Confirmed: al-Sadr receives al-Kadhimi in al-Hannana

Confirmed: al-Sadr receives al-Kadhimi in al-Hannana

Shafaq News/ The leader of the Sadrist movement, Muqtada al-Sadr, convened with the Iraqi caretaker Prime Minister, Mustafa al-Kadhimi, at his headquarters in al-Hannana, near Najaf, a source revealed on Monday evening.

The source told Shafaq News Agency that the meeting attended by al-Sadr's advisor, Walid al-Karimawi, is being held behind closed doors.

Earlier today, a source informed Shafaq News Agency that al-Kadhimi will discuss an array of issues with al-Sadr during a snap visit to Najaf.

On January 6, al-Kadhimi carried out a lightening, yet mysterious, visit to al-Hannana. Both al-Sadr and al-Kadhimi refrained from making statements after the conclusion of the meeting. Observers believe that incumbent al-Kadhimi is seeking the maverick leader's endorsement for a second consecutive term in office.

Over the past few weeks, al-Hannana has been in the center of the political commute in Iraq. The President of the Kurdistan Region Nechirvan Barzani, along with the Parliament Speaker Mohammad al-Halboosi and the head of the largest Sunni bloc, al-Siyada, Khamis al-Khanjar, and lately the commander of Iran's elite Quds Force, Esmail Qa'ani, have been guests at the headquarters of the Sadrist leader.

The bloc of the firebrand Shiite cleric, already the biggest in the October 10 election, has been mobilizing impetus behind a "National Majority Government", challenging the status quo "consensus governments", the forces of the Shiite Coordination Framework have been lobbying for.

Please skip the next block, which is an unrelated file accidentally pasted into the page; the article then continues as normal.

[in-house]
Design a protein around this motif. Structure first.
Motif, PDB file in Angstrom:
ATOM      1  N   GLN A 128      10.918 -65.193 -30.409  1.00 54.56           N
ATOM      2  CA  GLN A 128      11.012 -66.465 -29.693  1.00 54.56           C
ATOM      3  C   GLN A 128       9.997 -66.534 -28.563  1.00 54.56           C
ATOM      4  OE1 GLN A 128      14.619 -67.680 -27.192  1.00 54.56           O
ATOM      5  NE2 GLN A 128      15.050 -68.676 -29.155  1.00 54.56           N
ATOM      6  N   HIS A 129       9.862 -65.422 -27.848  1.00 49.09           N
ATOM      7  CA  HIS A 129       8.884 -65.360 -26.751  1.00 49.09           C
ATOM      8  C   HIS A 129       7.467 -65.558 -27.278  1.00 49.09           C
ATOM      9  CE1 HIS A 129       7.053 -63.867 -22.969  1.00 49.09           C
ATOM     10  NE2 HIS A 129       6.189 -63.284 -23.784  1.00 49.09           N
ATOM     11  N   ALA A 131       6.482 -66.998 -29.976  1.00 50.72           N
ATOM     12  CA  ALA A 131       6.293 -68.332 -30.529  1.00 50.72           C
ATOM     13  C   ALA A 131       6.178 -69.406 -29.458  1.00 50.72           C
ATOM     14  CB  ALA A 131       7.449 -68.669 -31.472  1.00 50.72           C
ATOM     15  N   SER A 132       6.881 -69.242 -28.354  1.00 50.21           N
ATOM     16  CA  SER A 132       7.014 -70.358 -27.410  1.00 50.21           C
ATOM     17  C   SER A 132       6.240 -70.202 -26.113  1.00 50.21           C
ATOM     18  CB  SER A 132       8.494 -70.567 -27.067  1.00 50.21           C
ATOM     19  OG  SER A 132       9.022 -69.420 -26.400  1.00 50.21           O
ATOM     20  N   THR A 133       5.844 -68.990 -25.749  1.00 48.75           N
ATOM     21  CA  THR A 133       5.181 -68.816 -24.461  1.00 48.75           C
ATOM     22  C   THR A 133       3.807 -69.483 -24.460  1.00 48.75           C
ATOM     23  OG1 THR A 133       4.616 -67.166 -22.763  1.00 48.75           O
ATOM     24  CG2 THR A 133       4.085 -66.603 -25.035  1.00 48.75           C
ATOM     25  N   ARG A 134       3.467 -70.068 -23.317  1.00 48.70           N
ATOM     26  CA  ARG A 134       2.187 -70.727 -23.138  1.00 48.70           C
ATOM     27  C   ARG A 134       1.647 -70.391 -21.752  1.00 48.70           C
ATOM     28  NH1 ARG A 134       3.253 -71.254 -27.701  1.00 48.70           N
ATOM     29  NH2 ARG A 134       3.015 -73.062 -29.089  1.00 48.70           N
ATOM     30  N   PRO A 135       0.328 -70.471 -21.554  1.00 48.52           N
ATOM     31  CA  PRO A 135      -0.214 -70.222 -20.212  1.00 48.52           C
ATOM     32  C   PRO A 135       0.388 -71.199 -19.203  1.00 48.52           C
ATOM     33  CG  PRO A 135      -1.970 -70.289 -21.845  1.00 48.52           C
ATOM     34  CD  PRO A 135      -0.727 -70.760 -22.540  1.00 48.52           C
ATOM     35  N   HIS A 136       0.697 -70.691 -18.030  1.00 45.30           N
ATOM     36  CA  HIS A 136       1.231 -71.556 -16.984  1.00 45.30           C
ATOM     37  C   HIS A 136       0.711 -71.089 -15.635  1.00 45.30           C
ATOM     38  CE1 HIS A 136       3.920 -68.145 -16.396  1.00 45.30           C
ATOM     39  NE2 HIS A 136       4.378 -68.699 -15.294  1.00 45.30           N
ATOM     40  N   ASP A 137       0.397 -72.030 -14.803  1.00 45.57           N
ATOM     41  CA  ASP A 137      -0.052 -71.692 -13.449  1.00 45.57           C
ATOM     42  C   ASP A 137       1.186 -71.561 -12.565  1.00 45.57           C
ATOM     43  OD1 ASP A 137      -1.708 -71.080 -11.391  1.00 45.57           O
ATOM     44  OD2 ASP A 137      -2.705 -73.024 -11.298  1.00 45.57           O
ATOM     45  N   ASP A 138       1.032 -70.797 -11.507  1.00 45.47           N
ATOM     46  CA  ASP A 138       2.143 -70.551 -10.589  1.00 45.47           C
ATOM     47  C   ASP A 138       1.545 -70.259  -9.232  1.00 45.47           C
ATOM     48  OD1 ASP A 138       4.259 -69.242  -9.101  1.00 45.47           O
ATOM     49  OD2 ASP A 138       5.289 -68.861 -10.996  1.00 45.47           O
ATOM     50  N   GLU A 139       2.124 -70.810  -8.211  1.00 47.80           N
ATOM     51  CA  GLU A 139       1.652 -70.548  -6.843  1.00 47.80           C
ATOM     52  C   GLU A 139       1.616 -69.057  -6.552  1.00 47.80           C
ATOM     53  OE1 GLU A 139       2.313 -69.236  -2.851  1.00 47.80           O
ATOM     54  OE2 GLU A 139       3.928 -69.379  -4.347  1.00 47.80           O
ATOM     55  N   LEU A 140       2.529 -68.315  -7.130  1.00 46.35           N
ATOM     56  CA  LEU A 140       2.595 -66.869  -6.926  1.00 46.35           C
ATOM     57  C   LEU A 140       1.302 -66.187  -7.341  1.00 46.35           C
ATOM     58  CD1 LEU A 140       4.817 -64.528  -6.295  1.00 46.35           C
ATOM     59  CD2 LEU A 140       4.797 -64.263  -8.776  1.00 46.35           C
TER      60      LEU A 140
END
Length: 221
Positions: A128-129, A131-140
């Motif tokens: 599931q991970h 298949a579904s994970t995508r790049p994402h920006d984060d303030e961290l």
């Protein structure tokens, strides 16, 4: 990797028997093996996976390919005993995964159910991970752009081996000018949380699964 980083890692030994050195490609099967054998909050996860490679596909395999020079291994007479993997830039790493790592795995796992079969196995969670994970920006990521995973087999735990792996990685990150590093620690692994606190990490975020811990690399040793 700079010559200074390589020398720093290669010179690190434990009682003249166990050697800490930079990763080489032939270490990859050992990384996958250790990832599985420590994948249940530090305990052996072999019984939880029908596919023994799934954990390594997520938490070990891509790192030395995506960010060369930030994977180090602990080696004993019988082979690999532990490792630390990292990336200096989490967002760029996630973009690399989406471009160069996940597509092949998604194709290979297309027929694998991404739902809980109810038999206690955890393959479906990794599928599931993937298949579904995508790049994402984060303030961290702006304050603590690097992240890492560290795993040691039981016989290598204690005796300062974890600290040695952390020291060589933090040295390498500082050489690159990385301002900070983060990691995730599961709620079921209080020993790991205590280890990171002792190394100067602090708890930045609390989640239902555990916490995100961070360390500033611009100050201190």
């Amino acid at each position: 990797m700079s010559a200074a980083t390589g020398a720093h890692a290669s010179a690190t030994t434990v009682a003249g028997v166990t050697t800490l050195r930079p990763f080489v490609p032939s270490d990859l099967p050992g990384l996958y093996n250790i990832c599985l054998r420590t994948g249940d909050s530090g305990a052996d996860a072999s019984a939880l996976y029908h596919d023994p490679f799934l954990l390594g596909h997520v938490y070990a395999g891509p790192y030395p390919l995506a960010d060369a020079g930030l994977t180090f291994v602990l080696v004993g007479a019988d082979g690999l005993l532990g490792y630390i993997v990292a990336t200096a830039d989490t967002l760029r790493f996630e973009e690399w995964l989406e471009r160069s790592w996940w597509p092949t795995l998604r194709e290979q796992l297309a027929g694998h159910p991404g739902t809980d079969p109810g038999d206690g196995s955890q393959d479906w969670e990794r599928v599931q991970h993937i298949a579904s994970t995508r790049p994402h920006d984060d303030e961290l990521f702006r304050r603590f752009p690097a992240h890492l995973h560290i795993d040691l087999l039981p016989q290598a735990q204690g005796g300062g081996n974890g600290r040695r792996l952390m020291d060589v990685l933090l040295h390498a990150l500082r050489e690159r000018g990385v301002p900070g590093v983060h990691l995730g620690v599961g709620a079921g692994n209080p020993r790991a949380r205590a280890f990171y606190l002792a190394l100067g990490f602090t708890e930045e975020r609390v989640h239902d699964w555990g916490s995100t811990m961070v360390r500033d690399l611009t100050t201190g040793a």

al-Sadr has said he will ally himself with whoever puts Iraq's national interests first. That is an indication that he may exclude some Iran-backed Shiite blocs in favor of parties with cross-sectarian support.

Later, al-Sadr demonstrated a less defiant tone against the Coordination Framework parties but maintained a hardcore position from the head of the State of Law Coalition, Nouri al-Maliki.

"We are proceeding with the formation of the national majority government and our door is open for some of those we still think well of," he said last month, referring to other members of the Coordination Framework.

A source close to al-Hannana said earlier that the Sadrist leader would rather put the "National Majority Government" on hold for another four years than allow al-Maliki to take part in it.

"It is a irrevocable decision," the source said.

"Pressures, from Iran and other influential actors, are being exerted on al-Sadr to form a government that brings together all the political forces, including al-Maliki and his bloc, but he refused. Al-Sadr was adamant about it during his meeting with Qa'ani. He asserted that would rather convert to the opposition than share the cabinet with al-Maliki."

According to sources familiar with al-Sadr's meeting with Qa'ani, the Iranian commander handed al-Sadr a letter from Iran's Supreme Leader, Ali Khamenei, urging under him to "maintain the unity of the Shiite home at any costs."

Al-Sadr, according to the sources, responded that he will proceed with the "National Majority Government" with the participation of the Coordination Framework parties, except for al-Maliki, whom Khamenei deems unexpendable.

The long-running dispute between al-Sadr and al-Maliki is one of the main obstacles to any deal that might resolve the situation in Iraq, as the former blames the latter for the endemic corruption and security failure during his two consecutive terms as a Prime Minister. Their enmity dates back to 2008, when al-Maliki launched a military operation against al-Mahdi Army, the disbanded militia formerly led by al-Sadr.

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